I have two good take-aways from this investment venture. Firstly, always have a back-up plan for your purchase. If it doesn’t go as planned you really need to be willing to take a loss when reselling it – or you could do what we did… Our back-up plan was that the ring would serve as a future anniversary gift to my wife. So currently the ring lies in a drawer collecting dust, until this special occasion occurs! So in a couple of years, when we value the ring again at another auction house, if the price doesn’t dramatically increase, my wife will happily have a new piece of fine jewelry! I guess I don’t have to tell you that my wife is very happy that the resale of the ring doesn’t seem to work out as planned… It wouldn’t surprise me if she had bribed the person making the price estimate of the ring in order to give us a low evaluation so she could keep the ring… J

Lesson number two: it is difficult to buy a new ring with the purpose to re-sell it immediately. A new ring is like a new car. It drops in value right after you walk out of the store with it. Therefore the next ring we invested in we bought at an estate jewelry auction. That investment was very successful and we also followed an investment method to boost the profit of the sales! You will be able to read about this investment in my upcoming posts, so stay tuned and sign up to my newsletters if you want to know more about this subject!

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Friday, July 11, 2014

A fishy cold call from Komatsu Global...

Ever heard of the stock broker Komatsu Global? Me neither, until recently. Komatsu Global called me around a week ago claiming they have a great deal going on right now  involving GE stocks, which they expect would rise with 70%. The news that will drive up the price will be released within 90 days according to the conversation. Komatsu Global had already secured a number of stock shares a while back so if I would invest through them I would get another 7% discount due to today’s stock price being higher than when they bought the shares.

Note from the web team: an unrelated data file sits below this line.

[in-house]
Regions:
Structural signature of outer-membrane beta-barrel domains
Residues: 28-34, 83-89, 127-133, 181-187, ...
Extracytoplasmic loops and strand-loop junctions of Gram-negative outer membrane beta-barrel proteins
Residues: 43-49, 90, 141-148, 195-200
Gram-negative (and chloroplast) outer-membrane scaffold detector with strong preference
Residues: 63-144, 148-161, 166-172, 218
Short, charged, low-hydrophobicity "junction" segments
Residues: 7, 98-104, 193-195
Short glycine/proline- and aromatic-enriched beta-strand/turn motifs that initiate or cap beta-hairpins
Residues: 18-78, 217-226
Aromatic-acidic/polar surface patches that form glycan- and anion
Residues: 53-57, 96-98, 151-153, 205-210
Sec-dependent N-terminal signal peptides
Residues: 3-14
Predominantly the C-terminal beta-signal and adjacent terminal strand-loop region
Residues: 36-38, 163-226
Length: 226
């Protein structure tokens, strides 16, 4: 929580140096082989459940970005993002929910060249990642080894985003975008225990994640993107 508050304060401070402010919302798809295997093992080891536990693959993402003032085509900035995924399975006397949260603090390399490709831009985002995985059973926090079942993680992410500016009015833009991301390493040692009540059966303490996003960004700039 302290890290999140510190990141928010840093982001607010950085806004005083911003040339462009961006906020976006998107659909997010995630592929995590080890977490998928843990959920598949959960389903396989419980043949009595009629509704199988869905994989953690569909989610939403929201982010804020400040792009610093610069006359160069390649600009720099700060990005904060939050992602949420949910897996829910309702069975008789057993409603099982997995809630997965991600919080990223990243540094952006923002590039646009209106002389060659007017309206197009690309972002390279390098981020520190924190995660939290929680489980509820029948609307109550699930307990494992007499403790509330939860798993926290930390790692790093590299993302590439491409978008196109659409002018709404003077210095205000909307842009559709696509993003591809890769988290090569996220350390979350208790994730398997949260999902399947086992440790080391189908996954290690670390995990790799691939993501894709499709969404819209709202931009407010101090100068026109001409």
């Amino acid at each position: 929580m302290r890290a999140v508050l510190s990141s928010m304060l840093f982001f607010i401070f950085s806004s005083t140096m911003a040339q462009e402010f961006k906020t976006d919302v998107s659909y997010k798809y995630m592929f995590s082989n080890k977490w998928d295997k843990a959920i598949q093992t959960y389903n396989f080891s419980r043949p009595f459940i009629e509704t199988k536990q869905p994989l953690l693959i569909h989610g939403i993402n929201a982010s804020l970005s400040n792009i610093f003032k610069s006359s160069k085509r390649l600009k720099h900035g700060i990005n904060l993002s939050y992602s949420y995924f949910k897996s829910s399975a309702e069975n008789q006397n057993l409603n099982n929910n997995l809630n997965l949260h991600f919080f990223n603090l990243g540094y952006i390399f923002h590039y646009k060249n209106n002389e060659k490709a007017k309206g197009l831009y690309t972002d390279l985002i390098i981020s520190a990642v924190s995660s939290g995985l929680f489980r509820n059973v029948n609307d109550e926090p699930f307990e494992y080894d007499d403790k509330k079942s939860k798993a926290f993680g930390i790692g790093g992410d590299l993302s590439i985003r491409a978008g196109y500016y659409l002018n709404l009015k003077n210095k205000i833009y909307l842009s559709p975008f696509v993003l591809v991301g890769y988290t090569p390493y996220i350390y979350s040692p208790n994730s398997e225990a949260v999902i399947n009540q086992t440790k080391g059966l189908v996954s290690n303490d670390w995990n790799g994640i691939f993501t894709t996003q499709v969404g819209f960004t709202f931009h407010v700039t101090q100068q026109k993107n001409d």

They sent some information about themselves and their “Wealth management” concept and then kept calling me three times a day for a follow-up conversation, because they had “breaking news” of the GE stock. Of course they wanted to create a sense of urgency and a “once in a lifetime” deal feeling in order to secure my investment. “An investment of only 50 000 USD” they said. When I told them that I didn’t have that kind of money it was sufficient to invest 5 000 USD. This fancy Senior Portfolio Manager was a smooth-talking guy trying to convince me about this steal. He kept calling even though I had responded in an email to him that I wasn’t interested in receiving further calls. I explained that I was skeptical since I had never heard about Komatsu Global even though he said they had been in business since 2001 and had a really good reputation among their current investors. When I told him that I would see how things develop for the GE stock based on his advice he got really pushy, angry and hung up on me.

I checked the trustworthiness of their homepage ( through Scamadviser,, their homepage is only three months old, hosted from the USA (even though they claim to operate from Japan…), and the owner of the homepage is hidden… Sounds strange for a company that has been in business since 2001 to only have a website that is three months old J

So watch out for Komatsu Global!


Tuesday, June 24, 2014

Is owning a second house really a good investment?


The picture above shows my parent’s beautiful summerhouse with a 10 minute walk to the ocean – a great investment?

What you are about to read now is kind of a contradiction to what I have written before about investing in property. I would like to challenge your mind and the common “universal truth” that investing in property is a good thing…

My family has had a summer house in a popular summer vacation resort for many years: Last year my mom told me what a great investment it has been. She mentioned that she and dad bought it for 12 000 USD in 1975 when I was one year old and my sister was three years old. And now the house is worth about 540 000 USD. It sounds like a great investment, doesn’t it? At least at a first glance…

Let’s look at this a bit more. When mom and dad bought the house they had to give it a thorough “facelift” as the house was in bad condition, and they also built on to the house. So they actually invested around 43 000 USD initially, including both the initial house purchase and renovation. But it still sounds like a great investment, right?